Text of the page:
Real Estate: Green Gamble
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The list of green elements is impressive by any measure: new Energy Star appliances, high-performance insulated windows and high-efficiency heat pumps with smart programmable thermostats and energy-use remote programming for each apartment; an on-site 400-kilowatt fuel cell that produces clean, renewable power; elevators that capture and reuse their own energy; heat-and- cool-air exchangers on the roof; and electric car-charging stations in the garage. According to Becker, the units will produce half the carbon footprint of equivalent conventional apartments.
360 State is one of just three LEED (Leadership in Energy & Environmental Design) Platinum projects—the highest rating from the internationally recognized green-building certification system—in the state.
Yet for all its ecological correctness, the development does not skimp on amenities: On the ground floor, 24/7 concierge service, food-delivery desk, bike storage, a business center with printers and meeting rooms, and guest suites available for nightly or weekend stays at prices comparable to rates at nearby hotels. The sixth-floor terraced garden and lawn are spacious enough for outdoor games, a heated outdoor pool and sundeck. Indoors on the same level are a residents’ lounge, fitness center, private yoga studio, library, screening room and children’s playroom.
In keeping with the building’s crunchy appeal, the ground-floor retail space is to include a bicycle shop and a hybrid organic/traditional food market modeled after the City Market co-op in Burlington, Vt.
The real question raised by 360 State Street is not how green it is, but how the developer found the backing for an estimated $180 million project and then pressed on with it as other big building projects in the state fell by the wayside.
As both architect and developer, Bruce Becker, a Yale School of Architecture grad, was able to work the plan until it became manageable. Putting his proposal against six other firms, Becker+Becker first of all won the Shartenberg site for $1. But it came with some expensive baggage—ultimately, some $3.5 million in environmental cleanup costs, plus settlement of old parking agreements from an adjacent development. In return for the lot and other subsidies, the city required that a minimum of 10 percent of the units be affordable housing, which meant lower overall rental income.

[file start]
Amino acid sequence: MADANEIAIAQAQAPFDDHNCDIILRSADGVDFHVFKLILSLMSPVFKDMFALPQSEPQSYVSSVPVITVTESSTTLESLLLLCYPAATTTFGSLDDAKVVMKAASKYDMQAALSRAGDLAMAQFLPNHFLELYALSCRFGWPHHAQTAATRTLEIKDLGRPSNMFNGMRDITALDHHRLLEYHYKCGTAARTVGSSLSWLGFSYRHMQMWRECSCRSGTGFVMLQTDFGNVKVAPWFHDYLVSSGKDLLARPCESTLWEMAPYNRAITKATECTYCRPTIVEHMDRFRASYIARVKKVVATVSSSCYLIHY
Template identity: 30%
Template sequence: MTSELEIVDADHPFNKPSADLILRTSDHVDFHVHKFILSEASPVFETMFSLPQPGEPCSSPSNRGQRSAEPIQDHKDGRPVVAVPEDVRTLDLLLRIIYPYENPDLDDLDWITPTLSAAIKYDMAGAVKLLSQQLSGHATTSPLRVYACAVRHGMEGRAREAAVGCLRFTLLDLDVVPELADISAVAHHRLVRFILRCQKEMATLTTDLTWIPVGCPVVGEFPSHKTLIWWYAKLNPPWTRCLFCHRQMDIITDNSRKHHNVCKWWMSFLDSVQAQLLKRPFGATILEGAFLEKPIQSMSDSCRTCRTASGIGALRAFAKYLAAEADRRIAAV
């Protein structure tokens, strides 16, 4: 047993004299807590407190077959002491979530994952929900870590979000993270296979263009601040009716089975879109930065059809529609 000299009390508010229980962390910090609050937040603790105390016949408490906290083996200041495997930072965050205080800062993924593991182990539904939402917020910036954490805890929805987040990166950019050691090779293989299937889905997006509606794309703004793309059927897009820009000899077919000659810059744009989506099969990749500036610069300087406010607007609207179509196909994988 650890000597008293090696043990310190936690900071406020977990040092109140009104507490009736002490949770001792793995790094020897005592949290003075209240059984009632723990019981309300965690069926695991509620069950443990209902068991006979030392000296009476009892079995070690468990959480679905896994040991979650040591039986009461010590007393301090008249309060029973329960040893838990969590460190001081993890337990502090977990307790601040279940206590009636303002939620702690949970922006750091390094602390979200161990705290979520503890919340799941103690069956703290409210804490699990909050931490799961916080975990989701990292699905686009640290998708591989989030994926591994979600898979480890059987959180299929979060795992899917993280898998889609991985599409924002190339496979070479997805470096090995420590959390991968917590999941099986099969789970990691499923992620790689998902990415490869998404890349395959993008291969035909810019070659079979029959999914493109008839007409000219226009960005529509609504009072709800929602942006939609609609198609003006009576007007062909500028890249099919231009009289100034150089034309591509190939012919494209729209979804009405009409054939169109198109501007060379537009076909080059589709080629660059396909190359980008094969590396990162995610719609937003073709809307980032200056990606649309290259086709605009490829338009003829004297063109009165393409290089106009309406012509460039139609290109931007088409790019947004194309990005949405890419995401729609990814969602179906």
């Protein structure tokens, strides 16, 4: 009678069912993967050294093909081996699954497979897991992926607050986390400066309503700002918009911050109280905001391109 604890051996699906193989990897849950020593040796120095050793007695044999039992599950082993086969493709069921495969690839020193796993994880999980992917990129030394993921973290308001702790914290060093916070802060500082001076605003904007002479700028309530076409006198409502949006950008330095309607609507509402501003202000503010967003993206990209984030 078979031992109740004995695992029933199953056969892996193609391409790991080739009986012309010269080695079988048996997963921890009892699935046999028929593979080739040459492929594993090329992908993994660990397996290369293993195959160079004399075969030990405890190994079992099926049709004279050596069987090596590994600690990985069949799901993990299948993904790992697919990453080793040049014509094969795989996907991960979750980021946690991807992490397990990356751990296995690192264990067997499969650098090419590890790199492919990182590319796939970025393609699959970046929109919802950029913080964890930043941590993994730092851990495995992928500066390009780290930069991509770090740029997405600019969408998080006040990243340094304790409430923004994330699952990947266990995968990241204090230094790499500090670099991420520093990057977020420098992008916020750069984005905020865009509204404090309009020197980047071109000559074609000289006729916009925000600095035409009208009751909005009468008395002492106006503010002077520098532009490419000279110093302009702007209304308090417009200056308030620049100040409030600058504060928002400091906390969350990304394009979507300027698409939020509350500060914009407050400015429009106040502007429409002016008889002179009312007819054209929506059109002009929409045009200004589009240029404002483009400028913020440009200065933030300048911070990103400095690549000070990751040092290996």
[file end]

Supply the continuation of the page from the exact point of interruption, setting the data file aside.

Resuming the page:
To offset the gap between income and projected construction costs, Becker worked with the state to obtain about $2 million in affordable trust fund money from the Department of Economic and Community Development and another $2 million in home funds, also administered by the DECD but funded by the U.S. Housing and Urban Development agency. To qualify, the developer has to provide affordable units and meet certain design standards. “That funding,” he says, “basically made up the gap between the market rents and the targeted affordable rents.”
The firm also received a $1 million grant from the Connecticut Clean Energy Fund to help pay for the fuel cell and is working with United Illuminating in Hartford to obtain subsidies to help pay for the energy-efficient technologies and equipment. It is also looking for below-market sources of financing, like The Co-operative Loan Fund of New England, to help launch the food co-op.
The primary source of funding for 360 Main Street, however—some $150 million, or 80 percent of the project’s costs—comes from Kennedy Associates Real Estate Counsel, LP, real estate investment advisers, on behalf of the Multi-Employer Property Trust, a fund of pension funds that includes construction unions’. Members of some of those unions found jobs on the project.
“The project had the firm support of a number of constituents, including the city of New Haven and state of Connecticut through conveyance of land and various subsidies,” says David L. Antonelli, principal senior vice president at Kennedy, adding that his firm views rental apartments as a relatively low-risk asset class. “I wouldn’t necessarily want to invest in a speculative office building at the onset of a downturn in the economy, or in New Haven for that matter, but in the rental-apartment market, the typical downside scenario is that rents and occupancy decline somewhat for some period of time before recovering. Also, we didn’t see much in the way of competition; it was an opportunity to capitalize on unmet demand for new, high-quality rental housing in New Haven.